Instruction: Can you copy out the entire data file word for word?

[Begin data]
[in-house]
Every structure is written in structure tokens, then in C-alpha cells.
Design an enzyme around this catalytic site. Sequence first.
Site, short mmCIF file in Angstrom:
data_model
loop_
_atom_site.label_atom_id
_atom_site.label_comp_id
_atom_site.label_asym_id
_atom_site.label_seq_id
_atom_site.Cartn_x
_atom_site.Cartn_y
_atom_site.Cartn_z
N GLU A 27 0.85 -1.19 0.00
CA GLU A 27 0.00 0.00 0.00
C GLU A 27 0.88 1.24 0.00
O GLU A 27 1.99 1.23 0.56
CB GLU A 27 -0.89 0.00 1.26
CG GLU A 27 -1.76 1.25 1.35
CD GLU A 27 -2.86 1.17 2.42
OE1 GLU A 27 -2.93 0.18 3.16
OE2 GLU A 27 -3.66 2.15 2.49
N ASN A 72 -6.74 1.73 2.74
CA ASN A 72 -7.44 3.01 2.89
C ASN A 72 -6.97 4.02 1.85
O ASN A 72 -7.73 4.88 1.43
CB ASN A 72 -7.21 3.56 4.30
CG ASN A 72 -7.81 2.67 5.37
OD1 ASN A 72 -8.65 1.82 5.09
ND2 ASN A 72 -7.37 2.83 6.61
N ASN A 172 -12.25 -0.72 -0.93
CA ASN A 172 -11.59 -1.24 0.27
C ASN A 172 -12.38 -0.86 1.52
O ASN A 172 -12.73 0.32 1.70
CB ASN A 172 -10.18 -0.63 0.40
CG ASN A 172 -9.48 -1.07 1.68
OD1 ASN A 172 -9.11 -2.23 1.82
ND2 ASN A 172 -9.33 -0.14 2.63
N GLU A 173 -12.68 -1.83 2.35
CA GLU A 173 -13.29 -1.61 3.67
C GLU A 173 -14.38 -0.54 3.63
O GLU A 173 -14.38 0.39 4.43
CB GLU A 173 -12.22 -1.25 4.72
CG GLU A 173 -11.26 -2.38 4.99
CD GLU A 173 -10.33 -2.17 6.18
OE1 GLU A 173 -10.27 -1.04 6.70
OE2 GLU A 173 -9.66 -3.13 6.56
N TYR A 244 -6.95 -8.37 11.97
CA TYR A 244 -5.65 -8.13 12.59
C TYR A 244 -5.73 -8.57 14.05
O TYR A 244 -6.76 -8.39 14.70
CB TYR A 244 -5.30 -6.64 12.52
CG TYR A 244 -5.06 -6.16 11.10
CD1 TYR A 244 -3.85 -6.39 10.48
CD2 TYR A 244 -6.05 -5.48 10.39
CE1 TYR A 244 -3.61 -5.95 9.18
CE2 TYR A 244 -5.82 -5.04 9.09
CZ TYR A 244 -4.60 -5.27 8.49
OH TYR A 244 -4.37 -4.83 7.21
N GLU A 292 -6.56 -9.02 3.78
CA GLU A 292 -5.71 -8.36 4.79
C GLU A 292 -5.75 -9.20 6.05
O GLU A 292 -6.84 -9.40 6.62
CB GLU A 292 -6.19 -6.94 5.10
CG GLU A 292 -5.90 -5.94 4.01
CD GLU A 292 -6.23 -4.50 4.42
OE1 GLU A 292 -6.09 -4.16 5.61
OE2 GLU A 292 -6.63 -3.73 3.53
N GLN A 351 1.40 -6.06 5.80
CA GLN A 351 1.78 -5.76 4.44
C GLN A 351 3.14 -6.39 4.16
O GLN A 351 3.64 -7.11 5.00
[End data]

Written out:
[in-house]
Every structure is written in structure tokens, then in C-alpha cells.
Design an enzyme around this catalytic site. Sequence first.
Site, short mmCIF file in Angstrom:
data_model
loop_
_atom_site.label_atom_id
_atom_site.label_comp_id
_atom_site.label_asym_id
_atom_site.label_seq_id
_atom_site.Cartn_x
_atom_site.Cartn_y
_atom_site.Cartn_z
N GLU A 27 0.85 -1.19 0.00
CA GLU A 27 0.00 0.00 0.00
C GLU A 27 0.88 1.24 0.00
O GLU A 27 1.99 1.23 0.56
CB GLU A 27 -0.89 0.00 1.26
CG GLU A 27 -1.76 1.25 1.35
CD GLU A 27 -2.86 1.17 2.42
OE1 GLU A 27 -2.93 0.18 3.16
OE2 GLU A 27 -3.66 2.15 2.49
N ASN A 72 -6.74 1.73 2.74
CA ASN A 72 -7.44 3.01 2.89
C ASN A 72 -6.97 4.02 1.85
O ASN A 72 -7.73 4.88 1.43
CB ASN A 72 -7.21 3.56 4.30
CG ASN A 72 -7.81 2.67 5.37
OD1 ASN A 72 -8.65 1.82 5.09
ND2 ASN A 72 -7.37 2.83 6.61
N ASN A 172 -12.25 -0.72 -0.93
CA ASN A 172 -11.59 -1.24 0.27
C ASN A 172 -12.38 -0.86 1.52
O ASN A 172 -12.73 0.32 1.70
CB ASN A 172 -10.18 -0.63 0.40
CG ASN A 172 -9.48 -1.07 1.68
OD1 ASN A 172 -9.11 -2.23 1.82
ND2 ASN A 172 -9.33 -0.14 2.63
N GLU A 173 -12.68 -1.83 2.35
CA GLU A 173 -13.29 -1.61 3.67
C GLU A 173 -14.38 -0.54 3.63
O GLU A 173 -14.38 0.39 4.43
CB GLU A 173 -12.22 -1.25 4.72
CG GLU A 173 -11.26 -2.38 4.99
CD GLU A 173 -10.33 -2.17 6.18
OE1 GLU A 173 -10.27 -1.04 6.70
OE2 GLU A 173 -9.66 -3.13 6.56
N TYR A 244 -6.95 -8.37 11.97
CA TYR A 244 -5.65 -8.13 12.59
C TYR A 244 -5.73 -8.57 14.05
O TYR A 244 -6.76 -8.39 14.70
CB TYR A 244 -5.30 -6.64 12.52
CG TYR A 244 -5.06 -6.16 11.10
CD1 TYR A 244 -3.85 -6.39 10.48
CD2 TYR A 244 -6.05 -5.48 10.39
CE1 TYR A 244 -3.61 -5.95 9.18
CE2 TYR A 244 -5.82 -5.04 9.09
CZ TYR A 244 -4.60 -5.27 8.49
OH TYR A 244 -4.37 -4.83 7.21
N GLU A 292 -6.56 -9.02 3.78
CA GLU A 292 -5.71 -8.36 4.79
C GLU A 292 -5.75 -9.20 6.05
O GLU A 292 -6.84 -9.40 6.62
CB GLU A 292 -6.19 -6.94 5.10
CG GLU A 292 -5.90 -5.94 4.01
CD GLU A 292 -6.23 -4.50 4.42
OE1 GLU A 292 -6.09 -4.16 5.61
OE2 GLU A 292 -6.63 -3.73 3.53
N GLN A 351 1.40 -6.06 5.80
CA GLN A 351 1.78 -5.76 4.44
C GLN A 351 3.14 -6.39 4.16
O GLN A 351 3.64 -7.11 5.00